“Action Station: Exploring Open Systems,” curated by art dealer Sue Spaid at the Santa Monica Museum of Art, is a pleasant show of interesting new work that follows a rather naive agenda. Interactivity, which “Action Station” purports to explore, is one of the moment’s most seductive tropes.
In the digital realm, interactivity has thus far proven a chimera, more hype than reality. At the Santa Monica Museum of Art things are, unfortunately, little different. While promising works that take the form of kits, that have no predetermined end point or that the viewer can “disassemble and reassemble into myriad configurations,” the show in fact frustrates any attempt at active engagement. “Look, but don’t touch” remains the preeminent, if unspoken, message here.
In any case, things like the following hardly count as interactive: tentacular sculptures in myriad pastel shades whose wire armature can be squeezed (Toby Mott); fingerprint-stained Mylar towels, which one is invited to further smudge (Ricardo Zulueta); an array of vinyl sleeves, decorated with vaguely familiar superhero stripes and chevrons, which conjure a range of all-powerful, fantasy selves (Laura Howe).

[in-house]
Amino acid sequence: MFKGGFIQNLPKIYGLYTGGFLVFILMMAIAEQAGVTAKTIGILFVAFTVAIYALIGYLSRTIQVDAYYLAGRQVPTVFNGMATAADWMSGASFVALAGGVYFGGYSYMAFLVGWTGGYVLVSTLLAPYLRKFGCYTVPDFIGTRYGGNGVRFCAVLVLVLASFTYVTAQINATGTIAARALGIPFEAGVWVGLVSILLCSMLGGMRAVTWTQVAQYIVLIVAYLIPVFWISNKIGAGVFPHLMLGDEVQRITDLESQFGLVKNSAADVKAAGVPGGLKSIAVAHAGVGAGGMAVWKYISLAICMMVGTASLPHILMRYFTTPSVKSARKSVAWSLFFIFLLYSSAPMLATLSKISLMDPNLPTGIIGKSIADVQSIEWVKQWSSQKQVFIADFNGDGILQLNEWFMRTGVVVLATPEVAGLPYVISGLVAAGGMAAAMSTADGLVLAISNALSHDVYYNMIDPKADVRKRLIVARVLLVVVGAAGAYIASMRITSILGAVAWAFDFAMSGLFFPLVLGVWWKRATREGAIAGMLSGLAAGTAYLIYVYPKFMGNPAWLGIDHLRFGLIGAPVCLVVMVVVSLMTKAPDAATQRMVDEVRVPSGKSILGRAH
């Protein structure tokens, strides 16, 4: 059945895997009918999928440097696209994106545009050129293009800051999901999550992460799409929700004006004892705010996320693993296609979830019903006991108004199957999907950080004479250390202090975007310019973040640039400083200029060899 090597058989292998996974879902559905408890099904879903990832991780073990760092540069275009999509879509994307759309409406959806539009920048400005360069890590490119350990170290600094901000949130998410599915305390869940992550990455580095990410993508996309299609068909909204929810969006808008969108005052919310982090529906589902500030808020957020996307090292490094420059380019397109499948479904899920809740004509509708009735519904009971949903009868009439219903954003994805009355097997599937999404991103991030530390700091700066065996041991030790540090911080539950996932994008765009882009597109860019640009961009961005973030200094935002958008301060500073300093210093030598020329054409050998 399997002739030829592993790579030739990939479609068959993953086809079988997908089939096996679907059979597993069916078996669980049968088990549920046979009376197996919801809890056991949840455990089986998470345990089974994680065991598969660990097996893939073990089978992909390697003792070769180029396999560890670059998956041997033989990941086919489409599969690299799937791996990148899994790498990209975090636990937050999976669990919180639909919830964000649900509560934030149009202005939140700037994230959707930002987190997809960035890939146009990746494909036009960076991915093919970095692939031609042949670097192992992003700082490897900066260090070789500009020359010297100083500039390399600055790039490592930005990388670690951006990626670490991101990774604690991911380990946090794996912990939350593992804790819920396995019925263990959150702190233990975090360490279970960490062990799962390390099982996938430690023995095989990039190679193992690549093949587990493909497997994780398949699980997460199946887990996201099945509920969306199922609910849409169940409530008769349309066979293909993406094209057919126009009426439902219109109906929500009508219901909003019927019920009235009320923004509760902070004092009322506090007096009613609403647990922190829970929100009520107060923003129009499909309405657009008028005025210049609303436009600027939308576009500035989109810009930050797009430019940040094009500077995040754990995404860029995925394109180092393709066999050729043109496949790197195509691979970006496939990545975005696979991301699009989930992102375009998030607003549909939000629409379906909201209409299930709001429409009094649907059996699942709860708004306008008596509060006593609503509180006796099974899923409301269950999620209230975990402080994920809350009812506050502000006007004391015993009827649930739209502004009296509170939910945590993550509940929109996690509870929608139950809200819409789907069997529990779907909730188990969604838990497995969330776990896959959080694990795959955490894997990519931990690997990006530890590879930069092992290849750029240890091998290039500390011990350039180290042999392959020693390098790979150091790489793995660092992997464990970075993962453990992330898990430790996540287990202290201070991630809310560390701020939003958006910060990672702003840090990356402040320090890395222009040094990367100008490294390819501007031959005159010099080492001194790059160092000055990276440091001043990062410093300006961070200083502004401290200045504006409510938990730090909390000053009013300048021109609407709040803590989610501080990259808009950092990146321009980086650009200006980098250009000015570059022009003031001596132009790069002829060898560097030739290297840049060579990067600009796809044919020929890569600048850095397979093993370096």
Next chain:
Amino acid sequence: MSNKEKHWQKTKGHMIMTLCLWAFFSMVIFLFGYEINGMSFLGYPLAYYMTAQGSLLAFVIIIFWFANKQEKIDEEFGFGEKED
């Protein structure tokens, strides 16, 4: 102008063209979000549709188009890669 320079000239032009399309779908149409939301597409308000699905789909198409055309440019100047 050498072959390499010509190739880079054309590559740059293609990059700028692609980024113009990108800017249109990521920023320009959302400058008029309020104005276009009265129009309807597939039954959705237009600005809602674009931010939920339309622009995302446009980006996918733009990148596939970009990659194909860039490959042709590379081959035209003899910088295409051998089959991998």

The latter piece, part of Howe’s bitterly ironic “Artemis” series, has little in common with Joseph Grigely’s poignant collection of scrawled notes, transcribed conversations and printed commentaries, which come out of the artist’s experiences as a deaf man. Both are provocative projects, but Spaid uses them as bits of evidence designed to back up a weak thesis.
Admittedly, neither Grigely nor Howe is particularly enamored of closed forms and fixed meanings. Yet neither are these artists interested in surrendering authorship in order to embrace anarchy, as were the Fluxus artists who are cited here as historical predecessors.
Post-Minimal art seems a more obvious point of reference. Patrizia Giambi’s units of measure, made of fungible bits of rubber, owe a great deal to the work of Robert Morris. Maura Bendett’s satin- and velvet-skirted shelves, which hang from the rafters like columns or sit on the floor in rather glum puddles, take revenge on Donald Judd’s Minimalist sculpture as directly (if not as acerbically) as Morris and his contemporaries did.